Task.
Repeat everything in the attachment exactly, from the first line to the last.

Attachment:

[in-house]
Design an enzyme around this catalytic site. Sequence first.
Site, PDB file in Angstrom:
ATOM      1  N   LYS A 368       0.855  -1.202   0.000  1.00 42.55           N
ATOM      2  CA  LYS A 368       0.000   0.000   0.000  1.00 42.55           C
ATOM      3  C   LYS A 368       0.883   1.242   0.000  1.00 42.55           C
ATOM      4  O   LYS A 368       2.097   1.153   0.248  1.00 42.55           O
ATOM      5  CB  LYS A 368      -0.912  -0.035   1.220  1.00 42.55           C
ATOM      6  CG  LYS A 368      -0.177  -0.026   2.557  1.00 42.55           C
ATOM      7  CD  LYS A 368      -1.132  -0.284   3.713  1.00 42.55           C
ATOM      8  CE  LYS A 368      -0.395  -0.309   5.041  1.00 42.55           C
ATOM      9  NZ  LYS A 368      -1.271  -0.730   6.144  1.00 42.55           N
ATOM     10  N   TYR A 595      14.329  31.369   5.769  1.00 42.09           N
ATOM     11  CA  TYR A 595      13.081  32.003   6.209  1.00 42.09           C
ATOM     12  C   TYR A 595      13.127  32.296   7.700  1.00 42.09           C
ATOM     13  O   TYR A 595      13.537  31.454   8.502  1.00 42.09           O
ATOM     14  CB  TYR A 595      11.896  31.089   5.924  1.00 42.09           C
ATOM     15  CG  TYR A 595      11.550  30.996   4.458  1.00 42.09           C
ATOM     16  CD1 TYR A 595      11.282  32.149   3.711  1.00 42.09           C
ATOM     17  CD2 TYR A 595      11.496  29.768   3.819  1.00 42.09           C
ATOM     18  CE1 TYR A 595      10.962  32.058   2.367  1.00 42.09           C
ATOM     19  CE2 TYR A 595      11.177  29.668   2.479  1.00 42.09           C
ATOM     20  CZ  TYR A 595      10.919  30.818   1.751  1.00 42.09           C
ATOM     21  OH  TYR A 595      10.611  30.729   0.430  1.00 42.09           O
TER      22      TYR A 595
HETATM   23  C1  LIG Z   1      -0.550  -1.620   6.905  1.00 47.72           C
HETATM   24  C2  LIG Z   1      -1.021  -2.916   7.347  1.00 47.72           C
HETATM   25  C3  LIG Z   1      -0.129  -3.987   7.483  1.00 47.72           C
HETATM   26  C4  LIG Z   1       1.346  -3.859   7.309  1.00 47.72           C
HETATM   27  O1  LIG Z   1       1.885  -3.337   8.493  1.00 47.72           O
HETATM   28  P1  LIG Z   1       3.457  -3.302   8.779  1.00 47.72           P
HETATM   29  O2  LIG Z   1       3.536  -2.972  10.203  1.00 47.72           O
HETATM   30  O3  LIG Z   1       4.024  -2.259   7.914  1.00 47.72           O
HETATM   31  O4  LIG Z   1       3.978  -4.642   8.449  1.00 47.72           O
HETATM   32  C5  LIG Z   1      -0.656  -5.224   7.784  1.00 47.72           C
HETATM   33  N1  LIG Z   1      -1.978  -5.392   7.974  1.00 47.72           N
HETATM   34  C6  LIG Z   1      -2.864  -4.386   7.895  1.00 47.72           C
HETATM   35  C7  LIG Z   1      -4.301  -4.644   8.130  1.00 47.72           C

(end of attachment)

[in-house]
Design an enzyme around this catalytic site. Sequence first.
Site, PDB file in Angstrom:
ATOM      1  N   LYS A 368       0.855  -1.202   0.000  1.00 42.55           N
ATOM      2  CA  LYS A 368       0.000   0.000   0.000  1.00 42.55           C
ATOM      3  C   LYS A 368       0.883   1.242   0.000  1.00 42.55           C
ATOM      4  O   LYS A 368       2.097   1.153   0.248  1.00 42.55           O
ATOM      5  CB  LYS A 368      -0.912  -0.035   1.220  1.00 42.55           C
ATOM      6  CG  LYS A 368      -0.177  -0.026   2.557  1.00 42.55           C
ATOM      7  CD  LYS A 368      -1.132  -0.284   3.713  1.00 42.55           C
ATOM      8  CE  LYS A 368      -0.395  -0.309   5.041  1.00 42.55           C
ATOM      9  NZ  LYS A 368      -1.271  -0.730   6.144  1.00 42.55           N
ATOM     10  N   TYR A 595      14.329  31.369   5.769  1.00 42.09           N
ATOM     11  CA  TYR A 595      13.081  32.003   6.209  1.00 42.09           C
ATOM     12  C   TYR A 595      13.127  32.296   7.700  1.00 42.09           C
ATOM     13  O   TYR A 595      13.537  31.454   8.502  1.00 42.09           O
ATOM     14  CB  TYR A 595      11.896  31.089   5.924  1.00 42.09           C
ATOM     15  CG  TYR A 595      11.550  30.996   4.458  1.00 42.09           C
ATOM     16  CD1 TYR A 595      11.282  32.149   3.711  1.00 42.09           C
ATOM     17  CD2 TYR A 595      11.496  29.768   3.819  1.00 42.09           C
ATOM     18  CE1 TYR A 595      10.962  32.058   2.367  1.00 42.09           C
ATOM     19  CE2 TYR A 595      11.177  29.668   2.479  1.00 42.09           C
ATOM     20  CZ  TYR A 595      10.919  30.818   1.751  1.00 42.09           C
ATOM     21  OH  TYR A 595      10.611  30.729   0.430  1.00 42.09           O
TER      22      TYR A 595
HETATM   23  C1  LIG Z   1      -0.550  -1.620   6.905  1.00 47.72           C
HETATM   24  C2  LIG Z   1      -1.021  -2.916   7.347  1.00 47.72           C
HETATM   25  C3  LIG Z   1      -0.129  -3.987   7.483  1.00 47.72           C
HETATM   26  C4  LIG Z   1       1.346  -3.859   7.309  1.00 47.72           C
HETATM   27  O1  LIG Z   1       1.885  -3.337   8.493  1.00 47.72           O
HETATM   28  P1  LIG Z   1       3.457  -3.302   8.779  1.00 47.72           P
HETATM   29  O2  LIG Z   1       3.536  -2.972  10.203  1.00 47.72           O
HETATM   30  O3  LIG Z   1       4.024  -2.259   7.914  1.00 47.72           O
HETATM   31  O4  LIG Z   1       3.978  -4.642   8.449  1.00 47.72           O
HETATM   32  C5  LIG Z   1      -0.656  -5.224   7.784  1.00 47.72           C
HETATM   33  N1  LIG Z   1      -1.978  -5.392   7.974  1.00 47.72           N
HETATM   34  C6  LIG Z   1      -2.864  -4.386   7.895  1.00 47.72           C
HETATM   35  C7  LIG Z   1      -4.301  -4.644   8.130  1.00 47.72           C